There is nothing more irresponsible or inflammatory than placing the burden of remedying the racism and structural inequality on which the United States was built squarely at the feet of the marginalized.
I, too, would have been heartened to see the Clippers sit out of their Saturday night play off game. But their choice to stage a silent protest and play is not a disappointment to me nor does it make them “slaves” as Tavis Smiley suggested. It makes them human–as most of us are.
Even when we are exploited and degraded, Black people are not ever allowed the space to be human. If, for a moment, we are conflicted or confused about how to navigate systems designed to disempower and divide, surely our character will be called into question by “revolutionaries” who would sooner berate us for failing to display exceptional feats of courage than demand the same of the white racists who wield power.
Marginalized people choosing to protect our safety, security, and self-interest are not cowards. We make these decisions not because we are lazy but because we lack the safety nets that cultivate audacity. We know that the playing field is not level, and the rules could change at any moment.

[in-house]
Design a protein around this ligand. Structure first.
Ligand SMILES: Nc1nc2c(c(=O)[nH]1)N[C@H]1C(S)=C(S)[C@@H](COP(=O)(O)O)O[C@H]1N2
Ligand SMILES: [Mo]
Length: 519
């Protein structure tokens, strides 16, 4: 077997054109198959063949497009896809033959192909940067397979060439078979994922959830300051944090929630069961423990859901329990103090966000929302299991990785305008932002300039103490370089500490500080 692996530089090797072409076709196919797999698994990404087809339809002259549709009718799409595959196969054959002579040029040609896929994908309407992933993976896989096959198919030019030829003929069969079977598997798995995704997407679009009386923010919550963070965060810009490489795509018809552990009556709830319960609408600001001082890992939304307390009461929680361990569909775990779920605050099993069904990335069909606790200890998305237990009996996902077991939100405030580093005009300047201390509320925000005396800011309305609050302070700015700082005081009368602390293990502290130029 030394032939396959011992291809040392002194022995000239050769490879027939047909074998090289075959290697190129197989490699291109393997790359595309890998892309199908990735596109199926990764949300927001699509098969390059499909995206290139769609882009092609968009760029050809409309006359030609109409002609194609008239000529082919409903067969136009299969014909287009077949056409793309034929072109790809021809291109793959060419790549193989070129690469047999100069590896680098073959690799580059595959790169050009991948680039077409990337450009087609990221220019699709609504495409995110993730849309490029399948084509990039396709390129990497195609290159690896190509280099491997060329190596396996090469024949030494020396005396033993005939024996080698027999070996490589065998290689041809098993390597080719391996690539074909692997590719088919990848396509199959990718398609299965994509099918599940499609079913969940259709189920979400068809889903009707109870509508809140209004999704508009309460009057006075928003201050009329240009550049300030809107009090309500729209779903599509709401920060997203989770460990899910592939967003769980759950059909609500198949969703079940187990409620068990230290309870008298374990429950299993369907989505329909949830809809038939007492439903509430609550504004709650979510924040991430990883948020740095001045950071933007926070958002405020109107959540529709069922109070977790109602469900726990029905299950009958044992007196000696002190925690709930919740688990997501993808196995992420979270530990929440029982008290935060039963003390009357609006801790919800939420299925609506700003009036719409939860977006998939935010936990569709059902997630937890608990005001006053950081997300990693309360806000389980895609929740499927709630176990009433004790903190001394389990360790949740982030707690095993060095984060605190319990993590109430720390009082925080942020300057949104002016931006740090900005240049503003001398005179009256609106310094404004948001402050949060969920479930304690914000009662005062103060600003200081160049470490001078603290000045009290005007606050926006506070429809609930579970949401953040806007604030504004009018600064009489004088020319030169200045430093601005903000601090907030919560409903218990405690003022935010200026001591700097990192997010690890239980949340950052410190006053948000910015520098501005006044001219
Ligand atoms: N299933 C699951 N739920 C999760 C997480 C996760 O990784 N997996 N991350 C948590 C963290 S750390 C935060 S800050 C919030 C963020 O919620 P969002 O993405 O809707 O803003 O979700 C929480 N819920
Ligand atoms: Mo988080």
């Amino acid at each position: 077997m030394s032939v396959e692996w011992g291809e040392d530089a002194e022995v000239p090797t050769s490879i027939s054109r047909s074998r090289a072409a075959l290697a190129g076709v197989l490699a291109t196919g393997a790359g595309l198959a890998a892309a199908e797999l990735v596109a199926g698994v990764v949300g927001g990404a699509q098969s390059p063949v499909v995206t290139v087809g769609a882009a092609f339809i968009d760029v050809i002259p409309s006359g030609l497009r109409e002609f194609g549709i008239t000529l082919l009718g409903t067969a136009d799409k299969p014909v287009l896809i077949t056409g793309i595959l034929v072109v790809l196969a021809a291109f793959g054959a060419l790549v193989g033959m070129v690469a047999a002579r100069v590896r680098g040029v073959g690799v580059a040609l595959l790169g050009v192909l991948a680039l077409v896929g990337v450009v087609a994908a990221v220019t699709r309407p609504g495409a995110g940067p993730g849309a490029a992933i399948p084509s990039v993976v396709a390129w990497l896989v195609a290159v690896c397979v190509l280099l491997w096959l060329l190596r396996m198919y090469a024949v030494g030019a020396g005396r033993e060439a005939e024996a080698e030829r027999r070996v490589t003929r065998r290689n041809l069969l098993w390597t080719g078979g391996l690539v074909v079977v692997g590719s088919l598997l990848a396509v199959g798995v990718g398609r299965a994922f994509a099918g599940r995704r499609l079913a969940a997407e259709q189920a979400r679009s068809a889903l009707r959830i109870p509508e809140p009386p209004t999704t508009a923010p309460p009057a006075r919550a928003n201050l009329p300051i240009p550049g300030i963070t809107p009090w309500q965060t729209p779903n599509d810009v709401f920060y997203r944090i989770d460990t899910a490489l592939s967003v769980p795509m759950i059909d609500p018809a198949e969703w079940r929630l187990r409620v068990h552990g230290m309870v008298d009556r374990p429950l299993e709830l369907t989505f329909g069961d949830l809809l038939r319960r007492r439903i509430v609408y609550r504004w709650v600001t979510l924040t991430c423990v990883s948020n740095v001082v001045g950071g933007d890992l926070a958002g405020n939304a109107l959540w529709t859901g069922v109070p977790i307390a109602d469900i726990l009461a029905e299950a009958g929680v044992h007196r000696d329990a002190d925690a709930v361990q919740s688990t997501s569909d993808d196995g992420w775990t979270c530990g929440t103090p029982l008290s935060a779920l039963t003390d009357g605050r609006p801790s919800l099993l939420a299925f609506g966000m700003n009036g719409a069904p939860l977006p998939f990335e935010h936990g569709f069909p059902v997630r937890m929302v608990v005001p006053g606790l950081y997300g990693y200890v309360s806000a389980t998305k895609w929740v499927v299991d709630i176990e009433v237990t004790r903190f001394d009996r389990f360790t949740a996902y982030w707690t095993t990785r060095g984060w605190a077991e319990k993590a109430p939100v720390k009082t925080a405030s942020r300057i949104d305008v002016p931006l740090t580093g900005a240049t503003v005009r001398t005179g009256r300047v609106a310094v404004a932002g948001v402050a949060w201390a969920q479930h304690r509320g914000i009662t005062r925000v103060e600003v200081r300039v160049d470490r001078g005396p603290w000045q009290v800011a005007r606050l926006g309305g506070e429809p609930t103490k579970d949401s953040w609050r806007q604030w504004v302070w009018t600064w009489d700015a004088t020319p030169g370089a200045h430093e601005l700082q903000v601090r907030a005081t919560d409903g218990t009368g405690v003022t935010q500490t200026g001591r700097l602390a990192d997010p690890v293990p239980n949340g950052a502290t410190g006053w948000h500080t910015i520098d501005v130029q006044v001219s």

The self-righteousness with which so many talk about the Clippers decision befuddles me because most of us would have done the same or less, yet we expect these men to perform the heavy lifting that we, ourselves, refuse to do.
Recognizing risk and choosing to survive is not cowardice.
I’m tired of ahistorical arguments about a Heroic Black Past. My deep appreciation for the sacrifices of my foremothers and forefathers does not prevent me from understanding that most went to work everyday to pay their debts and care for their families. A great many did not march, sit-in, revolt, or rebel. I’ve long heard stories of black men averting their eyes as whites passed because they wanted to stay alive. They were not cowards. They chose to survive.
I’m tired of of presumptions about the apathy of young, Black people. Black Millennials, strapped with the largest debt load in history for acquiring the education everyone told us would be the ticket to freedom, understand that risk is real. We know that if we quit our jobs, or even if we die, Sallie Mae will continue to pursue our parents’ already depleted retirementfunds for restitution.
Most of us do what we feel we can afford to do. I am grateful for the heroes — the Fannies, Rosa and Ellas just as I am grateful for my mother and | KEEP READING